Henri Rousseau (French, 1844–1910). Flowers in a Vase, 1909. Oil on canvas, 17 7/8 x 12 7/8 inches (45.4 x 32.7 cm). Collection Albright-Knox Art Gallery. Room of Contemporary Art Fund, 1939.Major Exhibition Surveys One of America's Foremost Collections Buffalo, N.Y. - The Long Curve: 150 Years of Visionary Collecting at the Albright-Knox Art Gallery features eighty iconic works by more than seventy-five artists from the late nineteenth century to the present, highlighting the history of the Albright-Knox Art Gallery's extraordinary Collection, and the benefactors and museum professionals who made it possible.  Founded in 1862 as The Buffalo Fine Arts Academy (now the governing body of the Albright-Knox Art Gallery), it is among the oldest arts organizations in America and one of the most celebrated for its long-standing commitment to collecting and exhibiting contemporary art. To complement and contextualize the exhibition, the Gallery is also presenting The Impermanent Collection: The Room of Contemporary Art, 1939-1971.  This installation tells the story of the Room of Contemporary Art, an untried approach to collecting art through which the Gallery was able to acquire, through purchase or gift, many bold and fearless works of its time-helping to create a reputation for which the museum is still known today. Organized by Albright-Knox Chief Curator Douglas Dreishpoon, The Long Curve marks the beginning of the Gallery's celebration of its 150th year.  The history of the Collection centers around several benefactors, each of whom possessed a compelling and prescient vision and a deep commitment to contemporary art.  Together, A. Conger Goodyear, Seymour H. Knox, Jr., Martha Jackson, and Natalie and Irving Forman donated more than 1,300 works to the Collection over the course of the last century and a half. Most recently, in 2008, the Gallery acquired seventy-one works of art by fifteen artists from the renowned collection of Giuseppe Panza di Biumo, through the generosity of the Panza Family and existing Gallery funds. "This is a landmark exhibition of the Albright Knox's Collection, one of the world's most important modern and contemporary art collections," Gallery Director Louis Grachos said.  "The development of the Collection, here in Buffalo, is an intriguing story of generosity and uncompromising vision." A. Conger Goodyear joined the Gallery's Board of Directors in 1912.  A man of eclectic tastes, guided by connoisseurship, he pursued a collection of cutting-edge art over the course of forty years.  During his many years of service to the Gallery, and even after he left Buffalo, in 1926, to become the first president of the Board of The Museum of Modern Art in New York, he continued to donate work by such exceptional artists as Pablo Picasso, Paul Gauguin, Paul Cézanne, Vincent van Gogh, Salvador Dalí, Robert Delaunay, and Frida Kahlo, all of whom are represented in the exhibition. In his later years, Goodyear deferred to others to make sense of the postwar artistic landscape and the new work that poured forth from New York's lofts and cold-water flats. Seymour H. Knox, Jr., joined the Gallery's board in 1925.  Later described as "the Dean of American Art Patrons," Knox was a consistent advocate for contemporary American art.  His tenure on the Board, and his long-standing collaboration with Gallery Director Gordon M. Smith, gave rise to an intense period of visionary collecting, focused on "Masters of the Future," that, to this day, represents one of the most significant periods of growth in the Gallery's Collection.  Major works acquired during this time by postwar American artists Arshile Gorky, Willem de Kooning, Mark Rothko, Sam Francis, Jackson Pollock, Adolph Gottlieb, Franz Kline, Helen Frankenthaler, and Lee Krasner will be included in the exhibition. Many of Knox's daring acquisitions were made possible through the able facilitation of New York art dealer and Buffalo native Martha Jackson, who graciously introduced Knox and Smith to many artists of the New York School.  "Art is a long curve," Jackson told an interviewer in 1969, shortly before she died, referring to the inordinate amount of time it takes for experimental art to find an audience.  The nimble way in which Goodyear, and later, Knox, could make bold acquisitions of experimental art under such unpredictable circumstances was made possible by a radical initiative at the then Albright Art Gallery known as the Room of Contemporary Art. An installation entitled The Impermanent Collection: The Room of Contemporary Art, 1939-1971, organized by the Gallery's Head of Research Resources Susana Tejada, will present original letters, photographs, publications, and other documents drawn from the Gallery Archives that will help museum visitors understand the significant role the Room of Contemporary Art played in the history and development of the Collection. Described as "a meeting place between the artist and the public," the Room of Contemporary Art was established in 1939 with the express purpose of bringing new art to Buffalo.  Selections were shown at the Gallery in rotating "exhibitions" placed in a dedicated public space that was designed to feel much like a domestic living room.  The public was invited to relax and feel at home with the cutting-edge art installed there.  Visitors were encouraged during the first three weeks of the Room's opening literally to cast their votes for the art on view.  Ballots were tallied, for both Gallery visitors and staff, for first, second, and third favorites. Works in the Room were brought in "on probation," and, if any of them failed to live up to expectations, they could be exchanged or sold.  Objects carefully chosen for retention became valuable additions to the Gallery's Collection.  These purchases were made possible through a special fund set aside for this purpose and financed principally through a sizeable gift given by the Knox Family and seventeen other individuals. The Room functioned until 1971, circumventing institutional protocol and allowing one of America's great art collections to prosper in Buffalo. The Long Curve: 150 Years of Visionary Collecting at the Albright-Knox Art Gallery also includes work by Joseph Kosuth, Robert Therrien, Anne Truitt, John Beech, and Florence Pierce that have entered the Collection in more recent years as part of significant gifts to the Collection by renowned collectors Count Giuseppe Panza Di Biumo (gifts and acquisitions), and Natalie and Irving Forman. The exhibition, which is accompanied by a fully illustrated catalogue published in association with Skira Editore, Milan, will remain on view until March 4, 2012. This exhibition is presented by First Niagara. First Niagara Financial Group, Inc., through its wholly owned subsidiary First Niagara Bank, N.A., has $31 billion in assets, $19 billion in deposits, 346 branches and approximately 5,000 employees, as of June 30, 2011. First Niagara is a community-oriented bank providing financial services to individuals, families and businesses across Upstate New York, Pennsylvania, Connecticut and Massachusetts. For more information visit http://www.fnfg.com/. Support for the Albright-Knox Art Gallery's Collection-based exhibitions and installations is generously provided, in part, by Peggy Pierce Elfvin; The Seymour H. Knox Foundation, Inc.; The John R. Oishei Foundation; and The Margaret L. Wendt Foundation.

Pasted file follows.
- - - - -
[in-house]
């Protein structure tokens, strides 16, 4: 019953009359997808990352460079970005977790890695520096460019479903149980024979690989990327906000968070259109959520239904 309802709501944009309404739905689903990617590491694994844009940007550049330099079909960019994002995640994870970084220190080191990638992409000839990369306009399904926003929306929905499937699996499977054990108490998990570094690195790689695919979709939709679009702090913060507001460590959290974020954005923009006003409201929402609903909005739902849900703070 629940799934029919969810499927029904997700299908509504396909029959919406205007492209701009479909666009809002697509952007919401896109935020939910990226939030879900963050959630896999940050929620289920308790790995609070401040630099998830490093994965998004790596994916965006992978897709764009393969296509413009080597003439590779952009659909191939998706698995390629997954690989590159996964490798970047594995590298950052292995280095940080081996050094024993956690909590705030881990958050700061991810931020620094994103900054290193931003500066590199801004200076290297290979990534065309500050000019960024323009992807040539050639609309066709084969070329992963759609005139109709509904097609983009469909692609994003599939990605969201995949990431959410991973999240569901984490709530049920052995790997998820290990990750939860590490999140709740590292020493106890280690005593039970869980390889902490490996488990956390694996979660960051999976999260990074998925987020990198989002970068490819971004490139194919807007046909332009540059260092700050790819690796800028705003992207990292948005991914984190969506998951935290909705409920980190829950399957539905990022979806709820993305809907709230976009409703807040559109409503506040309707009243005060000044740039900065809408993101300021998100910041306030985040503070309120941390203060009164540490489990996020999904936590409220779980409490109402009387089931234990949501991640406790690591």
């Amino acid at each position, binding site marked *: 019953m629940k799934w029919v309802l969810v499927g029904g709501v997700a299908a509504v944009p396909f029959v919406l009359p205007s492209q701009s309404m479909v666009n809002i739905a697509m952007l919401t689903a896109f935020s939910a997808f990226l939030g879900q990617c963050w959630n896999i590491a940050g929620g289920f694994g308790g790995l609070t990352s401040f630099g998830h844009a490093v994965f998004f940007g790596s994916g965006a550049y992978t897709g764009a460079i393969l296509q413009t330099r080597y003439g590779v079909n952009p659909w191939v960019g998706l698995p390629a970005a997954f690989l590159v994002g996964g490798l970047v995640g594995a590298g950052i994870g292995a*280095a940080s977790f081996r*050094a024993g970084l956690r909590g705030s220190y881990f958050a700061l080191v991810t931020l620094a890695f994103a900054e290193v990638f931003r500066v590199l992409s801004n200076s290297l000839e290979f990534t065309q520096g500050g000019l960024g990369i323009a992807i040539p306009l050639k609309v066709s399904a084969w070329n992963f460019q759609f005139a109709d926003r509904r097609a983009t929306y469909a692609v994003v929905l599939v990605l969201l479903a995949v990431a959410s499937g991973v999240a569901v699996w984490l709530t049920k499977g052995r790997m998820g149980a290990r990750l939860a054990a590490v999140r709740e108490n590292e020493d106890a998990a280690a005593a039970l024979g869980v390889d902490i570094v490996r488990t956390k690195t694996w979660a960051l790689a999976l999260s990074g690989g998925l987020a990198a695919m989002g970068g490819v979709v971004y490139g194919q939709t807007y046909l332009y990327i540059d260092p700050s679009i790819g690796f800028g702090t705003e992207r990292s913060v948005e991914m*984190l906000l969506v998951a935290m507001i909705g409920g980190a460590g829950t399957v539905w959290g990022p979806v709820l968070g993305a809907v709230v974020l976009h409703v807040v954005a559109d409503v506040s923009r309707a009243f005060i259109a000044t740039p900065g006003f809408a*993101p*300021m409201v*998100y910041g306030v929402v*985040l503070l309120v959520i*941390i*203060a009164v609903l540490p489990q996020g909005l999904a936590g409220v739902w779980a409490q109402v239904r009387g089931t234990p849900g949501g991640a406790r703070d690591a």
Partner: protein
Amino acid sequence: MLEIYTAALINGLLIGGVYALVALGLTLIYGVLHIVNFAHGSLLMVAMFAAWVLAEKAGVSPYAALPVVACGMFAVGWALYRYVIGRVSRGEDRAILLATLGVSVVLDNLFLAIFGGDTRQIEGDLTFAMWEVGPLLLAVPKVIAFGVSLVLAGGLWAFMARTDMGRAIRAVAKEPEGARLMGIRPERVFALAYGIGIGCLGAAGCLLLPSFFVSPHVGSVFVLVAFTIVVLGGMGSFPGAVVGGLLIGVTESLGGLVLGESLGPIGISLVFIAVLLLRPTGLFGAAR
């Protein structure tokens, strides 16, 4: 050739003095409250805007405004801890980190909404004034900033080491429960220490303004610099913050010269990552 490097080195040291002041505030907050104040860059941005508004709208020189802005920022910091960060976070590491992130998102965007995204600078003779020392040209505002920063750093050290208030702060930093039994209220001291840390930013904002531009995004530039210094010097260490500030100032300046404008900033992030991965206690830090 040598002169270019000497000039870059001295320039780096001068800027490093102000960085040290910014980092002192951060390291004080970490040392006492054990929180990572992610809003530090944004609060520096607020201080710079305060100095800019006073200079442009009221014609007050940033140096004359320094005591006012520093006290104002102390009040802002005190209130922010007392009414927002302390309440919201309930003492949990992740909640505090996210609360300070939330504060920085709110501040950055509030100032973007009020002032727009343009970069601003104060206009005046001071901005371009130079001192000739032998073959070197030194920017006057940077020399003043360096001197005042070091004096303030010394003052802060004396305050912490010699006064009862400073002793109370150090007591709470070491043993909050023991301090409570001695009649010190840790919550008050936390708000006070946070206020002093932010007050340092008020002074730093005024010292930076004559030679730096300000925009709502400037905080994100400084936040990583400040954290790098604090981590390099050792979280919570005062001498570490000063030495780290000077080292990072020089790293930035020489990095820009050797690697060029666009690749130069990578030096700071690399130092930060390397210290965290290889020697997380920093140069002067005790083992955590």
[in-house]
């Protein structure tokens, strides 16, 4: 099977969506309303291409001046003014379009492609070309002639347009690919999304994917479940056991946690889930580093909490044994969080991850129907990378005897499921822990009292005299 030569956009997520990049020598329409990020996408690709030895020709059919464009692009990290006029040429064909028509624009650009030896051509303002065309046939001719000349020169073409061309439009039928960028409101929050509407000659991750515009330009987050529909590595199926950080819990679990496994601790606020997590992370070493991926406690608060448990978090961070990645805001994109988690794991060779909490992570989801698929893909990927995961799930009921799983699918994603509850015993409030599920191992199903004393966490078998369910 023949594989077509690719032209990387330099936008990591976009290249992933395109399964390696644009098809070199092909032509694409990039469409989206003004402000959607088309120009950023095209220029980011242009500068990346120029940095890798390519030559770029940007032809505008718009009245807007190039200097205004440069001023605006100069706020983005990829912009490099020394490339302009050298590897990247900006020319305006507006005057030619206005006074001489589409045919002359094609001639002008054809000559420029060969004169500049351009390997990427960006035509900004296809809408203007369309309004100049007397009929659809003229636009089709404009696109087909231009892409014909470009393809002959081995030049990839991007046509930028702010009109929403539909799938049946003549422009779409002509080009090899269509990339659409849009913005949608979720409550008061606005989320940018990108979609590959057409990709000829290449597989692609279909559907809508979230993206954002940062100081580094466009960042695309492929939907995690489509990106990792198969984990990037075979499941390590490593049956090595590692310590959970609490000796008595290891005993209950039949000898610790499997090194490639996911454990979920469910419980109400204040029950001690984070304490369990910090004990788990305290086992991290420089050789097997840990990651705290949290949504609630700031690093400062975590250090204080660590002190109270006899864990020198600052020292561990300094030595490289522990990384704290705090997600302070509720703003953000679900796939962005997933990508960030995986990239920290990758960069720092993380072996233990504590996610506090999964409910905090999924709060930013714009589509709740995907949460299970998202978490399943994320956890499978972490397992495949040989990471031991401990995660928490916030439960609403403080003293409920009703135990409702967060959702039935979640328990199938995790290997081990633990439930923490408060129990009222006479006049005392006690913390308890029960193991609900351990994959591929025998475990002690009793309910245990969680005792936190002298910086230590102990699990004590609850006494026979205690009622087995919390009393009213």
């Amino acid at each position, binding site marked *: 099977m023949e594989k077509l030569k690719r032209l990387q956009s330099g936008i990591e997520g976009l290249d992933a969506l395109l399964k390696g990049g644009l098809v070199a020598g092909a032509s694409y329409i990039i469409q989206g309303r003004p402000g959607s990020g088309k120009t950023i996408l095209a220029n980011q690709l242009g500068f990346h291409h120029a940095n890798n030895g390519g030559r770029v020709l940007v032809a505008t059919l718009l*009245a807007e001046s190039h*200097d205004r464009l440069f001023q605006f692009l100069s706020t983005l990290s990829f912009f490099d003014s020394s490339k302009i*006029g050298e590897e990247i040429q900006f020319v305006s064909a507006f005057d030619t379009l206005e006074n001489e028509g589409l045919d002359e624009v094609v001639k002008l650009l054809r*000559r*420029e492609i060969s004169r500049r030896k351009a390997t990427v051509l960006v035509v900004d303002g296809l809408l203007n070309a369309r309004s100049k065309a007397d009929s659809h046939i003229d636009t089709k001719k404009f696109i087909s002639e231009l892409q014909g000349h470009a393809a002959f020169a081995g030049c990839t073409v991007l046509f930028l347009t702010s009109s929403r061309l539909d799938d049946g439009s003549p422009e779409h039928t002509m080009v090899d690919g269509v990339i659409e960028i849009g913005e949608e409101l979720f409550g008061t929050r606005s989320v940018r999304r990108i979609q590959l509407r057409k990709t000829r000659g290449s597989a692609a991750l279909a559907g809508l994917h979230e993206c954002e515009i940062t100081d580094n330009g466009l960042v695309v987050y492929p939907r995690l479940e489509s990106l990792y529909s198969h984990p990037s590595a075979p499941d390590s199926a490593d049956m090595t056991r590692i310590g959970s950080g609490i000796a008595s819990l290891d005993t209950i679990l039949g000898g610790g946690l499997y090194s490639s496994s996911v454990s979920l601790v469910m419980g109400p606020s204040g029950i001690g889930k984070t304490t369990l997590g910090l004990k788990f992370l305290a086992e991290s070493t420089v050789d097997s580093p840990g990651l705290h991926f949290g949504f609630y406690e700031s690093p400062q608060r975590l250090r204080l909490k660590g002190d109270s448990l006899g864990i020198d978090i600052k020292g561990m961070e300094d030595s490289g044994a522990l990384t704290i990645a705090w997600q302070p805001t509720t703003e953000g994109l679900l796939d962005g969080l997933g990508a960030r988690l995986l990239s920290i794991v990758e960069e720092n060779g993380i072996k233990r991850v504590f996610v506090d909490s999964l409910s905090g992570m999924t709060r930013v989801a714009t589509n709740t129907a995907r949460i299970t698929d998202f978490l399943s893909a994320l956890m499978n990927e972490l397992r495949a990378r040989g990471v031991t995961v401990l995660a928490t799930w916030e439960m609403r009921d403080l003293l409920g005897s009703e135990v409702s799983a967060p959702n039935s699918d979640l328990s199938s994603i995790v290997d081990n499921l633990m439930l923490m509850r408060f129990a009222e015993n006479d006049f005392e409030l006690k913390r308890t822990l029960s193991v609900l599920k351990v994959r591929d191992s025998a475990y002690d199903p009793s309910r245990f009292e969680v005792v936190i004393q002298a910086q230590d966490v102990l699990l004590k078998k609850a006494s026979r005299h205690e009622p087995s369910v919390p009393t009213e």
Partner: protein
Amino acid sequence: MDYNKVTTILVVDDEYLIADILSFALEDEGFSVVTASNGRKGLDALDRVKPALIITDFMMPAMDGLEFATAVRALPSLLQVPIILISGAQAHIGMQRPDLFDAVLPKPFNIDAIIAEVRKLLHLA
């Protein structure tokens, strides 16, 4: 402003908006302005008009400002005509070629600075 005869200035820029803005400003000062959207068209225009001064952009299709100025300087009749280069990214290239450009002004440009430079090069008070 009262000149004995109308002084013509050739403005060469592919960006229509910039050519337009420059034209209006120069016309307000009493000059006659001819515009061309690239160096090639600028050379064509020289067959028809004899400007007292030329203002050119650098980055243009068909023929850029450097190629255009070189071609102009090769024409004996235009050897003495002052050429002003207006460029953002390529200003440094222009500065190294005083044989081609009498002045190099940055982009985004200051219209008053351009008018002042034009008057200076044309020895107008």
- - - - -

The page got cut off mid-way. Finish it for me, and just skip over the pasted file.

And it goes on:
Photo Caption: Henri Rousseau (French, 1844-1910). Flowers in a Vase, 1909. Oil on canvas, 17 7/8 x 12 7/8 inches (45.4 x 32.7 cm). Collection Albright-Knox Art Gallery. Room of Contemporary Art Fund, 1939